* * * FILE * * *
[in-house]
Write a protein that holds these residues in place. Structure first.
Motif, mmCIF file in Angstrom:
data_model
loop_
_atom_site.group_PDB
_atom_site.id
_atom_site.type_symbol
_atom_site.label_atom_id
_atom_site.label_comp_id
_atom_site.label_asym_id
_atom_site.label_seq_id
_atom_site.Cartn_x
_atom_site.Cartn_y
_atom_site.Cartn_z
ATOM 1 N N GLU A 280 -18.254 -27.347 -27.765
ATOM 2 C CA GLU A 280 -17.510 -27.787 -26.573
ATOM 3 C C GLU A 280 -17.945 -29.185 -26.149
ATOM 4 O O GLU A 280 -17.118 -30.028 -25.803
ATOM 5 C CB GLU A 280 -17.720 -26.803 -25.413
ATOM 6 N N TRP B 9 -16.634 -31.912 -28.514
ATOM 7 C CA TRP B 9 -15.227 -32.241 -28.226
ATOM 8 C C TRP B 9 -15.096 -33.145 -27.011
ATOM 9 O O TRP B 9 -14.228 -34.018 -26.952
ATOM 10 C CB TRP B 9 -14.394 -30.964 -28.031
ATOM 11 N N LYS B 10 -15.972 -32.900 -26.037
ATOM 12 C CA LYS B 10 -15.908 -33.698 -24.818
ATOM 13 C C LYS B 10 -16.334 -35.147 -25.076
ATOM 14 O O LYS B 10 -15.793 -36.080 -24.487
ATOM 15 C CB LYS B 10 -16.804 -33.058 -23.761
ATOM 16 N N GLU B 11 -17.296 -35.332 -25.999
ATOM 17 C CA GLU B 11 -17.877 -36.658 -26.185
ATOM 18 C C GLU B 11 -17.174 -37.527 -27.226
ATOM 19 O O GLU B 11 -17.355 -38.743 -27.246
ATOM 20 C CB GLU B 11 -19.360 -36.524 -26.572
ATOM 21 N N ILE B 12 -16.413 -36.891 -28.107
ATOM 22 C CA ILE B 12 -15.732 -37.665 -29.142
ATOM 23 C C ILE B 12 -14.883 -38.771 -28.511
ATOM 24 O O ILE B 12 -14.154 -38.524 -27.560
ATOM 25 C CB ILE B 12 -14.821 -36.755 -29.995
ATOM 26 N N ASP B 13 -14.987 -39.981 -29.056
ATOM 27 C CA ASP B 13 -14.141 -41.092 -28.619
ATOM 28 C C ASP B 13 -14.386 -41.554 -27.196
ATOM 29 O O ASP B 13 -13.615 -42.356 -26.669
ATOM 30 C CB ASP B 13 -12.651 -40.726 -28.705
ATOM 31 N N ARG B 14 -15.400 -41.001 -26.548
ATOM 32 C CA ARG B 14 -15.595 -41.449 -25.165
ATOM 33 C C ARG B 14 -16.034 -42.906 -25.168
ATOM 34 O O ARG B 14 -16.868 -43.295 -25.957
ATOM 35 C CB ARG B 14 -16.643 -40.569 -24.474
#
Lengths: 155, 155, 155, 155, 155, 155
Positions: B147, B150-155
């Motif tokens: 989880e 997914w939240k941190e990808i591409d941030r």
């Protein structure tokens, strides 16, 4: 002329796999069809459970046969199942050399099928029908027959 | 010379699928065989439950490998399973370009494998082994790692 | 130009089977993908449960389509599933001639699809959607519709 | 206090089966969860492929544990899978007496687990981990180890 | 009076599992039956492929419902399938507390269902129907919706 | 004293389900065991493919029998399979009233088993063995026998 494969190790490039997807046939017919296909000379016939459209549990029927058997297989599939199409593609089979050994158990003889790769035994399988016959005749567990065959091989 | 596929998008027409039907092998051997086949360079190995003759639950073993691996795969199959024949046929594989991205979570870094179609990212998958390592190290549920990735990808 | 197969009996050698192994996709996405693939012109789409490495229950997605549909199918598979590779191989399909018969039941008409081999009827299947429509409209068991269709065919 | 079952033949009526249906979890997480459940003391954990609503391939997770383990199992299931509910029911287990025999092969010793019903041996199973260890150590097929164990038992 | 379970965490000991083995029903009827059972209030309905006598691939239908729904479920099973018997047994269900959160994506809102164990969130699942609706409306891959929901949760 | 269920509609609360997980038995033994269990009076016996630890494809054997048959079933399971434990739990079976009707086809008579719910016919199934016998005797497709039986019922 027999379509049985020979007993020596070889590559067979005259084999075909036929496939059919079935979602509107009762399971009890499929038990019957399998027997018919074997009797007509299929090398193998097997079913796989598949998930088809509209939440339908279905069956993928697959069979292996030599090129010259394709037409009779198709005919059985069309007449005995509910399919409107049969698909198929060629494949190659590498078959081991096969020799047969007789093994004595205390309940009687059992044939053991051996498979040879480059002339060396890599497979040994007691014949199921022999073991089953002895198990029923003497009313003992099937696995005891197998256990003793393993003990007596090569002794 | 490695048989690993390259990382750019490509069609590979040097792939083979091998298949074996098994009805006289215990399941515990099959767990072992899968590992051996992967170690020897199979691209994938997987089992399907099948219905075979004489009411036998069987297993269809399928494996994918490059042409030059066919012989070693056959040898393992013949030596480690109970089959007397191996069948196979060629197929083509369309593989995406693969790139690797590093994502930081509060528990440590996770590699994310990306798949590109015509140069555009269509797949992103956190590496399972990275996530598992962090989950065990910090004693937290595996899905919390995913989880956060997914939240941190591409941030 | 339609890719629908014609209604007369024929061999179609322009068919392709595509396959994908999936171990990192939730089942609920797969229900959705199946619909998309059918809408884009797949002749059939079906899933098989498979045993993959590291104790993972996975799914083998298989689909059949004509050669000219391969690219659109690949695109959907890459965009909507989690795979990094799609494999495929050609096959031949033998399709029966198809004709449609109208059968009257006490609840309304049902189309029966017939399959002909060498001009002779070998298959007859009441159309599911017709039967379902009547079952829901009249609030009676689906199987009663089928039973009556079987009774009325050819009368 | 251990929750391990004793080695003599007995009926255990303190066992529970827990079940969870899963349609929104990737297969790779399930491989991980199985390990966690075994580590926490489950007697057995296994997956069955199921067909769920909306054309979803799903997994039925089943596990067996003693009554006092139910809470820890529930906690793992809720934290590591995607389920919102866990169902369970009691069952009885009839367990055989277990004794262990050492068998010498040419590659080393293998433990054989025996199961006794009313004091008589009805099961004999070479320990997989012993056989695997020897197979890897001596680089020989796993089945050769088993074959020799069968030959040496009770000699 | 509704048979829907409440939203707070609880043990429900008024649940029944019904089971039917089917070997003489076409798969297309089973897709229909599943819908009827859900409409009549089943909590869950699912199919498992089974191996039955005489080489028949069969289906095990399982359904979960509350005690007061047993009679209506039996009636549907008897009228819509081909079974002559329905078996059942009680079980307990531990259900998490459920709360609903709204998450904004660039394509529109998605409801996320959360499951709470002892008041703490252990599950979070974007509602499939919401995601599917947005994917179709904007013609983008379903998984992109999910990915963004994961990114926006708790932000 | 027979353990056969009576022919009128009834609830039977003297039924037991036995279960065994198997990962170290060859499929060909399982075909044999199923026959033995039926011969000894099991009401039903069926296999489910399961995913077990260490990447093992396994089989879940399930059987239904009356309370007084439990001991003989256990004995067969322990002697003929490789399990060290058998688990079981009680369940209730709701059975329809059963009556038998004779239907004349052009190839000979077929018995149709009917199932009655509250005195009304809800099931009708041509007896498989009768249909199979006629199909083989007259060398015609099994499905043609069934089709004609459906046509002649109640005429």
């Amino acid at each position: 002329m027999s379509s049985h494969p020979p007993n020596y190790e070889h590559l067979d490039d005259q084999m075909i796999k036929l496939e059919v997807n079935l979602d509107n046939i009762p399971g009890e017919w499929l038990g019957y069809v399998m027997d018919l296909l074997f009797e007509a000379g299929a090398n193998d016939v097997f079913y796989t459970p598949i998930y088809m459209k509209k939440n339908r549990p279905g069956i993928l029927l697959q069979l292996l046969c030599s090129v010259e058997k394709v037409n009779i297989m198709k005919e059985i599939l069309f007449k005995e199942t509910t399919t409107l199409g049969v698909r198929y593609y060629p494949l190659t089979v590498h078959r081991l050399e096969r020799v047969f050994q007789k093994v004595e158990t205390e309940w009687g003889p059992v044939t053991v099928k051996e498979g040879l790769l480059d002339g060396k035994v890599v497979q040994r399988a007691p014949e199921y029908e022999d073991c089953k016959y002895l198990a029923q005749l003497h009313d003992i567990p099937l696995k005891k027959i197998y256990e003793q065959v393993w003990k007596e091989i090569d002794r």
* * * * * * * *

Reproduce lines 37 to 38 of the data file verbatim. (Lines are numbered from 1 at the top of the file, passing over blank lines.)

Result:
ATOM 22 C CA ILE B 12 -15.732 -37.665 -29.142
ATOM 23 C C ILE B 12 -14.883 -38.771 -28.511